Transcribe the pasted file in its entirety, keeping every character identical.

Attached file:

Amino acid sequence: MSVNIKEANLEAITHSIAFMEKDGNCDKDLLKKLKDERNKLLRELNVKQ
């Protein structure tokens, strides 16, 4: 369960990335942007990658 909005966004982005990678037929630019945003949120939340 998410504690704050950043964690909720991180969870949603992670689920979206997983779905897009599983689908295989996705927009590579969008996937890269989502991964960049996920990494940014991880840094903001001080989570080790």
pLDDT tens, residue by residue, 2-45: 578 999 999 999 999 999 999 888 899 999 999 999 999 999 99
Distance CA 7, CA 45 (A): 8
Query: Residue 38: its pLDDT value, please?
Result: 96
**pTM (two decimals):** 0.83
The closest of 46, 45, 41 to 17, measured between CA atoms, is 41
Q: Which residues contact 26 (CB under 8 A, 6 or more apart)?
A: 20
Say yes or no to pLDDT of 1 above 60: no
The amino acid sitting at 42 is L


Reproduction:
Amino acid sequence: MSVNIKEANLEAITHSIAFMEKDGNCDKDLLKKLKDERNKLLRELNVKQ
């Protein structure tokens, strides 16, 4: 369960990335942007990658 909005966004982005990678037929630019945003949120939340 998410504690704050950043964690909720991180969870949603992670689920979206997983779905897009599983689908295989996705927009590579969008996937890269989502991964960049996920990494940014991880840094903001001080989570080790």
pLDDT tens, residue by residue, 2-45: 578 999 999 999 999 999 999 888 899 999 999 999 999 999 99
Distance CA 7, CA 45 (A): 8
Query: Residue 38: its pLDDT value, please?
Result: 96
**pTM (two decimals):** 0.83
The closest of 46, 45, 41 to 17, measured between CA atoms, is 41
Q: Which residues contact 26 (CB under 8 A, 6 or more apart)?
A: 20
Say yes or no to pLDDT of 1 above 60: no
The amino acid sitting at 42 is L